Seneca Coordinator shares travel experiences and life lessons in new book
While it was cold and brisk outside, Erin Lawler Patterson was describing her time in the warm, green areas of Italy to the people in the Seneca High School Media Room. A bunch of eyes were focused on her while she shared her life experiences to those who had attended her book signing. Paterson’s book, “Peace Love and Goodness: Lessons from the Drug Lady,” chronicles her personal experiences and the life lessons it taught her.
“It has been in the works for the past two or three years,” Patterson said. “My goal was to publish a book before I was 40, and I was getting close to that mark. I talk to kids about setting goals and making them happen. I wanted to set that example. I cracked down and made it happen.”
In the book, Patterson, who is an avid traveler, tells stories about traveling abroad. Some areas she went to included not just Italy, but areas of Eastern Europe and other parts of the globe. Her sightseeing led her to meet unique people around the world, many of whom shared their stories with her.
“It opened my eyes to how fortunate and blessed we are in our country,” Patterson explained. “It opened my eyes to different needs of people, whether it was our country or other parts of the world, and just how traveling is a life lesson itself with the different people you encounter. If you allow yourself to listen and to grow, it can be just a spectacular journey.”
Patterson, who is the substance awareness coordinator at Seneca, hopes this book leaves an impression on whomever reads it, no matter what age or level of experiences someone has had.
“I think this book targets anyone who has a desire to travel, who is raising a teenager, has somebody in their life that they care about that they are willing to grow and learn,” she added. “I think this book applies to anyone as a reader, and I come from the angle of being a traveler and a parent, as a college kid to a counselor. I feel that we all can learn from each other. My hope is to shed some light on different issues that I learned as a counselor and as a backpacker, two totally contrasting experiences that are very similar.”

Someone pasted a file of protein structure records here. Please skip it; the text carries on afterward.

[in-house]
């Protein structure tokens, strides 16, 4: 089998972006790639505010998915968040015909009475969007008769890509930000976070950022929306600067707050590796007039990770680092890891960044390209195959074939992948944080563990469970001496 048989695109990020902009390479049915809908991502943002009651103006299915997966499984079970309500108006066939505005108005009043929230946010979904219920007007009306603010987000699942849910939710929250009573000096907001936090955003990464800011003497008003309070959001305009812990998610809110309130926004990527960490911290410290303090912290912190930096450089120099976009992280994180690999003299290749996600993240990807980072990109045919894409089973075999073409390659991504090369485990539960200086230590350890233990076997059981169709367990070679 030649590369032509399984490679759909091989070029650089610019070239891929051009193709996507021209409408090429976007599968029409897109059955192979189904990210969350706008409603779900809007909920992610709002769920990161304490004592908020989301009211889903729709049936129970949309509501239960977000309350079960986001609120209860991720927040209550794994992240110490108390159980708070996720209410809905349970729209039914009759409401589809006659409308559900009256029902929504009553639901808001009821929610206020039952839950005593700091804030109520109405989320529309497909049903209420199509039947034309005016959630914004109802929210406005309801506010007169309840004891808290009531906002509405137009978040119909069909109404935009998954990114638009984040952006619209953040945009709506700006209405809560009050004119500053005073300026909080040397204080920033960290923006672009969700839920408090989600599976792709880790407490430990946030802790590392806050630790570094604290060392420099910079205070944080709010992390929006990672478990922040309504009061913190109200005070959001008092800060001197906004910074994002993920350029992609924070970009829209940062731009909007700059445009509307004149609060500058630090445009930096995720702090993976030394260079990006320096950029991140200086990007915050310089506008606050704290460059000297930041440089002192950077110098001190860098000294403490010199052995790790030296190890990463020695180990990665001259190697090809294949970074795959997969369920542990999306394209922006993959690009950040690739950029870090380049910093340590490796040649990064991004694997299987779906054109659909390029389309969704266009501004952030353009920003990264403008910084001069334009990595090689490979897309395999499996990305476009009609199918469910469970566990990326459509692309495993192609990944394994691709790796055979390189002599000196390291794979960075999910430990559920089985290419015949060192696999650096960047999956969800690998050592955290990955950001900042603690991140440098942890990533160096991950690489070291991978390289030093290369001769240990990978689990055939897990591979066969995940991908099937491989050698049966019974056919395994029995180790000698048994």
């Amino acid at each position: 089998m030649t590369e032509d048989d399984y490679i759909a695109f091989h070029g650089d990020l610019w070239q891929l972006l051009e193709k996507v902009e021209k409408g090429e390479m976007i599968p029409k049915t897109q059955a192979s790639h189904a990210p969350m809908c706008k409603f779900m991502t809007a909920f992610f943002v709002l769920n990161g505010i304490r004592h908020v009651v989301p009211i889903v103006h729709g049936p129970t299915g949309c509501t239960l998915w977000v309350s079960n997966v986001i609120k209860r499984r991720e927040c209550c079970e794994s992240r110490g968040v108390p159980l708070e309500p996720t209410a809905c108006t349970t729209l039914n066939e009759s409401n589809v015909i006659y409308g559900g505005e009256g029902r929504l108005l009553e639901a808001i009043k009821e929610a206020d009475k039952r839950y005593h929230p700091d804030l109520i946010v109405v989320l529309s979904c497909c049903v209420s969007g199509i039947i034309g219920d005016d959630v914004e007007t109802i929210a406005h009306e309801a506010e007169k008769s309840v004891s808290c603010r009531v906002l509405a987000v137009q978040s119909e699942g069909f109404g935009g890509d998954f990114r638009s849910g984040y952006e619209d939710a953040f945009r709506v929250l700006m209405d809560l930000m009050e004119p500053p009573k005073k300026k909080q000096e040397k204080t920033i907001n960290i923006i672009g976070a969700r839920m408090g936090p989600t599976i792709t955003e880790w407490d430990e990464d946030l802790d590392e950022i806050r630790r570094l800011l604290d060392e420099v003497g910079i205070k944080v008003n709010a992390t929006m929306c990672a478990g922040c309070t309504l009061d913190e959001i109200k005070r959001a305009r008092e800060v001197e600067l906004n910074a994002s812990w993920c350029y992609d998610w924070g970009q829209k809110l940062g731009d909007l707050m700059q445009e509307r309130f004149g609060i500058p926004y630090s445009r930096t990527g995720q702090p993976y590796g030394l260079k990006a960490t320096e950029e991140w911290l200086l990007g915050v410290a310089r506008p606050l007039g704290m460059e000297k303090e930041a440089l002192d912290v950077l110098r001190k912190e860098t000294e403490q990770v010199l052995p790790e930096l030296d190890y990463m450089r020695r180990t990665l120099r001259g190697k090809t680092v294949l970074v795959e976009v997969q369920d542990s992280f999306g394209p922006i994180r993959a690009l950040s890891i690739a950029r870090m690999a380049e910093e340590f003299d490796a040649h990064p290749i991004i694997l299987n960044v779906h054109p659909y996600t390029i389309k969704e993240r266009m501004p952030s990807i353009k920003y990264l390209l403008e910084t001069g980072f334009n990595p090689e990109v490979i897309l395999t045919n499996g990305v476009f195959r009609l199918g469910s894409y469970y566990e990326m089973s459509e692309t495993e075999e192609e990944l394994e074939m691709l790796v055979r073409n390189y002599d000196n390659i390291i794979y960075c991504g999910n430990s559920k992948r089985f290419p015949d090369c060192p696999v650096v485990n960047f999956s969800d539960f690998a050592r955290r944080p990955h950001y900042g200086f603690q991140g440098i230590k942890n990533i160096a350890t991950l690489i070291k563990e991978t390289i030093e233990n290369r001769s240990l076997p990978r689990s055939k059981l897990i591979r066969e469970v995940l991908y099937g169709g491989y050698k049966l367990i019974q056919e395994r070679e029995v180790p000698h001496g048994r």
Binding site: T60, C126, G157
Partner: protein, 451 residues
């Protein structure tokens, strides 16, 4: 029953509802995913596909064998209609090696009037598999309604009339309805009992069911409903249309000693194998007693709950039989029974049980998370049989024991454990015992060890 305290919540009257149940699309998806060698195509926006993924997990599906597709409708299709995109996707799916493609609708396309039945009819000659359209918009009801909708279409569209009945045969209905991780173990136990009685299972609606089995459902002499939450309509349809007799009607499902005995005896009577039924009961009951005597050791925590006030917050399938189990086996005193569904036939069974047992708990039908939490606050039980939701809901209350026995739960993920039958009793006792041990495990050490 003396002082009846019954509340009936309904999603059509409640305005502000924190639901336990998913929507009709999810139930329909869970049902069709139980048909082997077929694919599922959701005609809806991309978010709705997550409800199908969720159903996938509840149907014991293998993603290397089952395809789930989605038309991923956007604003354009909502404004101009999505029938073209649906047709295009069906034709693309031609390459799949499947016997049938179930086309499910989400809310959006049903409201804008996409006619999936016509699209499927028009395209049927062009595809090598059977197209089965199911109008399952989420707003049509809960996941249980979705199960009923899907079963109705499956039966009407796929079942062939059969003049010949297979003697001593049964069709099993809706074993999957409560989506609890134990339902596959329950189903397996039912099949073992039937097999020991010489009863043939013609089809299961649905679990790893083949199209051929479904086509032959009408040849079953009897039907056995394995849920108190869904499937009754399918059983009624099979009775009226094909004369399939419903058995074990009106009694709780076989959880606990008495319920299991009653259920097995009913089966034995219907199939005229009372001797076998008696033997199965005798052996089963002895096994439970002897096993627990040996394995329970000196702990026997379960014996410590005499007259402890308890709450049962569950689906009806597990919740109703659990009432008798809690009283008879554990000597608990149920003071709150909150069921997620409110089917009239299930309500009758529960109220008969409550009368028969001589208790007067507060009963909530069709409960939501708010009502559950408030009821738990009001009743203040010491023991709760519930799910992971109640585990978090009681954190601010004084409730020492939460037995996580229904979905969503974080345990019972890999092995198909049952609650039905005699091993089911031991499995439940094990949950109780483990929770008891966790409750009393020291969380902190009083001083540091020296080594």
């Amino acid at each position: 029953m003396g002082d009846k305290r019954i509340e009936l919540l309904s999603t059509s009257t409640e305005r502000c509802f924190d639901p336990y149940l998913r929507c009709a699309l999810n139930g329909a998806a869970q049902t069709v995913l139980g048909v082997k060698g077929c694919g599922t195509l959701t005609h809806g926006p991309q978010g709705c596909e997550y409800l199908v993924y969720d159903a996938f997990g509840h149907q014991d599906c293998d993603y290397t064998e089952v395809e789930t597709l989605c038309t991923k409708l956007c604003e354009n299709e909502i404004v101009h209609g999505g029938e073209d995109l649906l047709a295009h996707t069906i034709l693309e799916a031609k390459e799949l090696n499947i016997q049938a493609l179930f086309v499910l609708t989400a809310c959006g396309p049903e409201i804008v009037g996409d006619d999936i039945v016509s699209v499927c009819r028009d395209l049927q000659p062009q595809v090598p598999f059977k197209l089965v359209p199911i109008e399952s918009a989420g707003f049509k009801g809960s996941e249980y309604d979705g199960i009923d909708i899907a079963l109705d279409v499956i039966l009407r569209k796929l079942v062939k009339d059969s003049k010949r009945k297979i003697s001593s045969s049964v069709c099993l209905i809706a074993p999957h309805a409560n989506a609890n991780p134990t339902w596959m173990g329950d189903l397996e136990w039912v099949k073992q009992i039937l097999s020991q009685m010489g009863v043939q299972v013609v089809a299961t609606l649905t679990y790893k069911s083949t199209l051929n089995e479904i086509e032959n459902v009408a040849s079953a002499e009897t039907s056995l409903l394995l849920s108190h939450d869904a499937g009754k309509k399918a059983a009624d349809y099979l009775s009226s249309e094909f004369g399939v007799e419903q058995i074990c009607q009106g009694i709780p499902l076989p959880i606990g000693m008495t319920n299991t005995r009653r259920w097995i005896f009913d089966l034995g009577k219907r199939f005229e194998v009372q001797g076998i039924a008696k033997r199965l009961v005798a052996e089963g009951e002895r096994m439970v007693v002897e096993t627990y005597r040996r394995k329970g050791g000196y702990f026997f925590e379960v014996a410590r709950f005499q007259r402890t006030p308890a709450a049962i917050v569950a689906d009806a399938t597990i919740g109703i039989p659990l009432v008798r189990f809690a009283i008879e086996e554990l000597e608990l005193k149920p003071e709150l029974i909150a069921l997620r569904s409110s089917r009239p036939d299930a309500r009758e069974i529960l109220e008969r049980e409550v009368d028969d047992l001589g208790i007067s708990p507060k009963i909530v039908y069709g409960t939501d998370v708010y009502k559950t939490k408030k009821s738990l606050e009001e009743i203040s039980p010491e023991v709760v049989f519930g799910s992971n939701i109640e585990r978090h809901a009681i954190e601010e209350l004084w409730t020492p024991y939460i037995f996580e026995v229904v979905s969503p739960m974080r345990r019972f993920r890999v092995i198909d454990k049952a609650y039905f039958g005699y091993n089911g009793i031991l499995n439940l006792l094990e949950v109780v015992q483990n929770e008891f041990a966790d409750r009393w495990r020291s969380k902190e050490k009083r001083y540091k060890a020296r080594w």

There were many people on hand to have their book signed. Two of the people on hand for the event were Juliane Saiia and Cindy Lee.
“It is fabulous,” Saiia said. “Erin has done a lot and has been a lot of places. She truly is inspirational. Our kids love her here at the school. It is just a good book. You get a good feeling, and you come away thinking about your life.”
“Her stories are amazing,” Lee added. “The things that she has done, you laugh in the book and you cry at some of the sad things. It is a great book and it is full of ‘Erinisms.”
Patterson’s message and motivational words have traveled not only through the halls of Seneca; it has spread globally. She writes columns for mental health websites in the United Kingdom and Australia.
Patterson is already in the process of writing her second book. She mentioned during the discussion of her book about everyone having a finite time how they can leave an “imprint” on someone else’s heart. She hopes she leaves an imprint that other people she has come in contact with would like.
“My hope is that when I am no longer here … my impact has been on the hearts of other people, instilling selflessness and compassion and living recklessly in the sense of just loving and caring for people that have no strings attached,” she said. “I think life is fleeting and we can live for ourselves, or we can live to make a difference. As I walk through these halls every day, or if I am in Cairo, or if I am in Portugal, am I applying my words to my life? My hope is one day when I take my last breath, that is not remembering me because that doesn’t really matter. It is remembering the lessons and the insights and letting life change you.”
“Peace Love and Goodness: Lessons from the Drug Lady” is on sale now on Amazon.